Explicit Strategies

Option 1: Breathing/Meditation

Getting your child to try focussing on their breath and striving to be in the moment are great ways to explicitly reduce anxiety. The benefits of these strategies are well known and there is so much content out there to facilitate these kinds of strategies. You might want to choose a physical object like a breathing ball or perhaps you want a youtube video for young children. Older children might enjoy learning about how to do 4-7-8 breathing or engaging in a full-on 5 minute guided meditation aimed at children. There are also apps like Headspace and Calm that provide a certain amount of free content to test out.

Option 2: Journalling

Journalling has a body of evidence to prove it has to power to promote feelings of well-being and happiness making it a great explicit strategy for children feeling anxious who are old enough to write (if your child is young and might enjoy this, they could draw).

Three concrete ways to journal to promote happiness are:

  1. Write seven things you are excited for every morning when you wake up.
  2. Write three things you are grateful for every night before bed.
  3. Write for two minutes about something nice that happened in the past 24 hours.

Some children might like to do all three, some might like to do just one. I would emphasise the key to getting the benefits of this exercise is consistency over a period of two weeks or more for the child to feel the benefits.

For a more detailed explanation of journaling, click here.

Option 3: Yoga

Yoga’s benefits for increasing contentment and reducing anxiety are also well known as the poses, philosophy and breathwork involved all can have a significant impact on a child’s overall sense of well-being. They might like to choose from the wealth of resources at Cosmic Kids Yoga or, perhaps, your child would like to try one of Yoga With Adrienne’s videos for dealing with uncertain times. It’s all about finding something that your child likes and will consistently do.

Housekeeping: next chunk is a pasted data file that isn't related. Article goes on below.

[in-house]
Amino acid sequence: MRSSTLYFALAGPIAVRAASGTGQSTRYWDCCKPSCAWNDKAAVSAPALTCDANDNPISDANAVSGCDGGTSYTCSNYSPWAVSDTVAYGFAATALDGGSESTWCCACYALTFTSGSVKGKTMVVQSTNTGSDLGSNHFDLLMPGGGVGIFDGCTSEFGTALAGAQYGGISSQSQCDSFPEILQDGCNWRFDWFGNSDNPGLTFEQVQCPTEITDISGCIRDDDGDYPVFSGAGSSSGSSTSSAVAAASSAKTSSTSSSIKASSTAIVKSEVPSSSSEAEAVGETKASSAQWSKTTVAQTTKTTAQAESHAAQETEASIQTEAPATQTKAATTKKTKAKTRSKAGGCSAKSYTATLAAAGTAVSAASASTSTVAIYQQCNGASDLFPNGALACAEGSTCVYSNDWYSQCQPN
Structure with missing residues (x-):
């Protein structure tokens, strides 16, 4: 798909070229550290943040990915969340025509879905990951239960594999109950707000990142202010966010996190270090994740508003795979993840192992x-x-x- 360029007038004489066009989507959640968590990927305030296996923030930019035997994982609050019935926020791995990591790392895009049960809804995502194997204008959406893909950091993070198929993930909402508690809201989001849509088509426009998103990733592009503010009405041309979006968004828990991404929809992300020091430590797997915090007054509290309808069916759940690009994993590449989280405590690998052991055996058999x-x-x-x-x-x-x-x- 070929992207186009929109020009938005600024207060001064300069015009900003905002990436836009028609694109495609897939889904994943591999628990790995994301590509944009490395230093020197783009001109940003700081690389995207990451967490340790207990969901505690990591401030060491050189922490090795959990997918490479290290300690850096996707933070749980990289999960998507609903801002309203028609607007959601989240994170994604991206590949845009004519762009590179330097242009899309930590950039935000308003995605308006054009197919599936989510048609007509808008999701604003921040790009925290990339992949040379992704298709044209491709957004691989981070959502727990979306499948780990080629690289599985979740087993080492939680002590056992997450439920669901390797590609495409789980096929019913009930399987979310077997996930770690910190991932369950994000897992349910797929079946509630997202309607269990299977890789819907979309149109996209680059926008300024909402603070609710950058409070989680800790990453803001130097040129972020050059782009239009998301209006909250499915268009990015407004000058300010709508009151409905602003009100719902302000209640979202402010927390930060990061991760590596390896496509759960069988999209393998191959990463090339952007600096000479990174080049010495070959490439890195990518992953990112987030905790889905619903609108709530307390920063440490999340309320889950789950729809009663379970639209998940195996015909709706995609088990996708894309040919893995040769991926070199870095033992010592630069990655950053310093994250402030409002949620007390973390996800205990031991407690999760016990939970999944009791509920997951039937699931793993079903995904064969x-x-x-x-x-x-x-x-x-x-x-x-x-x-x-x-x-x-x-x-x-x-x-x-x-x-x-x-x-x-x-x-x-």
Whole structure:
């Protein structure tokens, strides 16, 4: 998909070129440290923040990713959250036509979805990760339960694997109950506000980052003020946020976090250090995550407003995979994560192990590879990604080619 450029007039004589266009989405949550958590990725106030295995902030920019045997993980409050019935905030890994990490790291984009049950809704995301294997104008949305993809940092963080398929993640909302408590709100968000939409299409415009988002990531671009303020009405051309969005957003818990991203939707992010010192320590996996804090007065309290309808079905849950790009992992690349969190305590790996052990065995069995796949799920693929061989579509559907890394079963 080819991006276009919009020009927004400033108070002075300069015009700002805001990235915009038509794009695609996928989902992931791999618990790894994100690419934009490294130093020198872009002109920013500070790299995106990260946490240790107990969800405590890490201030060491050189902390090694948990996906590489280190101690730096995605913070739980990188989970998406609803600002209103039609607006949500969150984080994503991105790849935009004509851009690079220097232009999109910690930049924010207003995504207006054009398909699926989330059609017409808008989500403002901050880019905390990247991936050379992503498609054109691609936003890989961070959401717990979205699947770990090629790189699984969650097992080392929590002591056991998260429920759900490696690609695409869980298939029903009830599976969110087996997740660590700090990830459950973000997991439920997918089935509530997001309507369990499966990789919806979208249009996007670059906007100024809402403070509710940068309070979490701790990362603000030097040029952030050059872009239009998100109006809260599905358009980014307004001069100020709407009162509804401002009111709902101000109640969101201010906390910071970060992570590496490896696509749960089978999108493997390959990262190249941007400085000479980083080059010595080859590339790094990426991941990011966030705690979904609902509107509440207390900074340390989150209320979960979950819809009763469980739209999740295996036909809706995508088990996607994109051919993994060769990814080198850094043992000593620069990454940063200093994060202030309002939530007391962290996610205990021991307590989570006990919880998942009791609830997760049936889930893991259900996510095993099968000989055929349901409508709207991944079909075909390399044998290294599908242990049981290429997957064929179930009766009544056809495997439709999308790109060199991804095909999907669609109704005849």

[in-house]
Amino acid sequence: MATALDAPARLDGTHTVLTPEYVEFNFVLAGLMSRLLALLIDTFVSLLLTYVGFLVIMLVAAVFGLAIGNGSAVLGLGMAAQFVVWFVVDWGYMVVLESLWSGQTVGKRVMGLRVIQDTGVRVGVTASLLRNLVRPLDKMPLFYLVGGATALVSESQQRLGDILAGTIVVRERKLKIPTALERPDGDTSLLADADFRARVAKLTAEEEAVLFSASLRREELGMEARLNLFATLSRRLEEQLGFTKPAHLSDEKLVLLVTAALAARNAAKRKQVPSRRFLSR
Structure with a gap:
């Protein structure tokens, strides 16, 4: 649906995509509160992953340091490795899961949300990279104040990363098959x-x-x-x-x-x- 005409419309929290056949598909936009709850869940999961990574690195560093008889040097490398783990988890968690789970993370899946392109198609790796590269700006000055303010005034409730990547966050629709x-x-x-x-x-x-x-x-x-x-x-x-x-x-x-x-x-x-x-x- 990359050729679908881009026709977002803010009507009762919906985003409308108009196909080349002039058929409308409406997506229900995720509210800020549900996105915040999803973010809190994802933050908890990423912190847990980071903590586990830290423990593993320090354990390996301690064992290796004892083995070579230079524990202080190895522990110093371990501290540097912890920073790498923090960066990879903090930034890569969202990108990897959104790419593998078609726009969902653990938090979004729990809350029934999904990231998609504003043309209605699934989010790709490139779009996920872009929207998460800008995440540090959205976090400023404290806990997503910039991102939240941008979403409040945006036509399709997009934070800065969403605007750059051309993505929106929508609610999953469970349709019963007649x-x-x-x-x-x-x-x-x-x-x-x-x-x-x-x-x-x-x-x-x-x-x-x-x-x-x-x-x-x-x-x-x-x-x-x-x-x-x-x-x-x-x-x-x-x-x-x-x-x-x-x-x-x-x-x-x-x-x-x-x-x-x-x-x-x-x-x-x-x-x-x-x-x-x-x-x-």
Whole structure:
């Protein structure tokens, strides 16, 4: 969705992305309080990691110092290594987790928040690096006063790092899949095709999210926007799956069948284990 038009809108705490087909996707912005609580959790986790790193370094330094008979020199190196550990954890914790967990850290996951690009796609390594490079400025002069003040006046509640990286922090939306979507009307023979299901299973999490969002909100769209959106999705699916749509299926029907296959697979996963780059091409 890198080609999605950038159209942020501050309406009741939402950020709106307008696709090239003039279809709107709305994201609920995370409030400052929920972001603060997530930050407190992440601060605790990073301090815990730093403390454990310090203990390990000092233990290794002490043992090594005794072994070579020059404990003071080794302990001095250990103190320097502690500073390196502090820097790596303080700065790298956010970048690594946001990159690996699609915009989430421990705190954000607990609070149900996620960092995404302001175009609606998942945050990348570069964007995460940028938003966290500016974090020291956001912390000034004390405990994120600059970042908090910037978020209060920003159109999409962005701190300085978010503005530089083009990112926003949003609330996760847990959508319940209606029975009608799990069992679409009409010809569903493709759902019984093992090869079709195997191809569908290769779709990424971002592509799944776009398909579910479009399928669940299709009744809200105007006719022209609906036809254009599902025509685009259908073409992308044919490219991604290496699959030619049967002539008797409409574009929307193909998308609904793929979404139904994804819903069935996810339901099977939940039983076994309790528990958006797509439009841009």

Implicit Strategies

In some cases, talking about stress and anxiety can amplify it instead of reducing it and giving constant reassurance can actually serve to remind an anxious person that there is, in fact, something to worry about. If this sounds like something that resonates with your child, try more implicit and subtle strategies.

Option 1: Exercise

Getting out and getting active has so many benefits that they go beyond the scope of this article but getting your child out and running, playing playground games, practising a sport, cycling or anything that raises their heart rate will help release those feel-good endorphins that are proven to increase well-being. There is no need to says it’s for their anxiety as the act of doing will be enough to feel the benefits. Actually talking about it might reduce its effects as it may just remind the child how they are feeling. Children should aim for 60 minutes a day and if you have a child who is feeling anxious, getting this hour completed can be doubly important.  

Option 2: Immersive activities

The title of this sounds far fancier than it is. An immersive activity is anything that takes focus or concentration to complete. Engaging in an immersive activity can reduce, prevent or stop thinking about past troubles or future worries as they begin to focus on the task at hand. The joy of this is that most hobbies are immersive. Reading, helping an adult bake, garden work, knitting or sowing, building with lego, painting, playing video games and many other activities require your child to get out of their head an into the task at hand.

Option 3: Reducing the White Noise

We all know social media and the internet has huge benefits but it also has its downsides. Constantly being connected to the world can lead your child to take the world’s worries onto their shoulders. A subtle way to combat this is to ensure that a constant stream of news is not being streamed through the television, radio, tablets and phones in the house. Try to create some space for your child to just exist in their current environment. Avoid constantly talking about world events around your child to prevent unknowingly contributing to their feeling of anxiety through the attention we give a topic.

These six options are a menu. They may seem obvious and you may know their benefits already but remember the difference between knowing and doing. If you are worried about your child and their anxiety levels, experiment with some of these and find what is the formula for success for your child.

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Homeschool parenting

Homeschooling and Coronavirus: A wonderful opportunity

Depending on what lenses you are wearing, what you think you see changes. If you are wearing sunglasses, the object appears dark. If you are wearing the wrong glasses, the object appears blurry. If you wear the correct prescription lenses, the object appears crystal clear. All the time, the object never changes, it’s just how it appears to you that changes.